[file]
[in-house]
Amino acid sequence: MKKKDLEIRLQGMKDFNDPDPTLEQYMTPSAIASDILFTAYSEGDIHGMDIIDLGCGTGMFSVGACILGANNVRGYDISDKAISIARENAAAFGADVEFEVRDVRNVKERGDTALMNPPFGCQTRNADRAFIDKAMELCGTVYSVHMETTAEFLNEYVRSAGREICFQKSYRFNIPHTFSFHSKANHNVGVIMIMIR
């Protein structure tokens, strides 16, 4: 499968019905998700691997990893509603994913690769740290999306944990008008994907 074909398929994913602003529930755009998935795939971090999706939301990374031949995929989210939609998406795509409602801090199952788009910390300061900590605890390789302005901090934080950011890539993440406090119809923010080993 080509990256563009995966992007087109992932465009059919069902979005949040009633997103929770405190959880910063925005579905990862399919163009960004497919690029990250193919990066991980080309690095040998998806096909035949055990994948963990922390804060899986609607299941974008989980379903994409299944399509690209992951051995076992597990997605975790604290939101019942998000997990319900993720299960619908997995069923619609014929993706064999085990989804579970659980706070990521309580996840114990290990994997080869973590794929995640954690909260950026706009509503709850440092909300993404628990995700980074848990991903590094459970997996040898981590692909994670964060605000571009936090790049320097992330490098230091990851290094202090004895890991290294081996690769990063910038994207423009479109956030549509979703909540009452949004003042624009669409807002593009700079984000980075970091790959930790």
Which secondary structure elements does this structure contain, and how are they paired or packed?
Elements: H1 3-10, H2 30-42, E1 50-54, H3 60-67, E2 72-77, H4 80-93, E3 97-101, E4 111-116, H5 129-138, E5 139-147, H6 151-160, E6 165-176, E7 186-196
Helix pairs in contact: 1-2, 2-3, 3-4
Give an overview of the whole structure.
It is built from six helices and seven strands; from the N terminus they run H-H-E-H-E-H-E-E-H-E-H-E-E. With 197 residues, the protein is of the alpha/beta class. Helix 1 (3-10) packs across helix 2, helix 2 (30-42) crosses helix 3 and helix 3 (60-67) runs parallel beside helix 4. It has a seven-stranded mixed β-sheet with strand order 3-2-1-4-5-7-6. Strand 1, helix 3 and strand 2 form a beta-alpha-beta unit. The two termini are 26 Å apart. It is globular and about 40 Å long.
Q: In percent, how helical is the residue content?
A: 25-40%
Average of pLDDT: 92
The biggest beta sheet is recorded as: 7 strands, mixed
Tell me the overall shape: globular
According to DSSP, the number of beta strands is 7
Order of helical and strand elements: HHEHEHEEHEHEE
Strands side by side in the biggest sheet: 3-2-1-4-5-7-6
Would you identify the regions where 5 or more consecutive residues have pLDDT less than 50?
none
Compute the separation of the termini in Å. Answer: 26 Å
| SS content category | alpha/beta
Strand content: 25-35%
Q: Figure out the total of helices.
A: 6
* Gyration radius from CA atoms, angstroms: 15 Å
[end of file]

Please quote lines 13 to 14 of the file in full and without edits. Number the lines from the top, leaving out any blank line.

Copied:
Tell me the overall shape: globular
According to DSSP, the number of beta strands is 7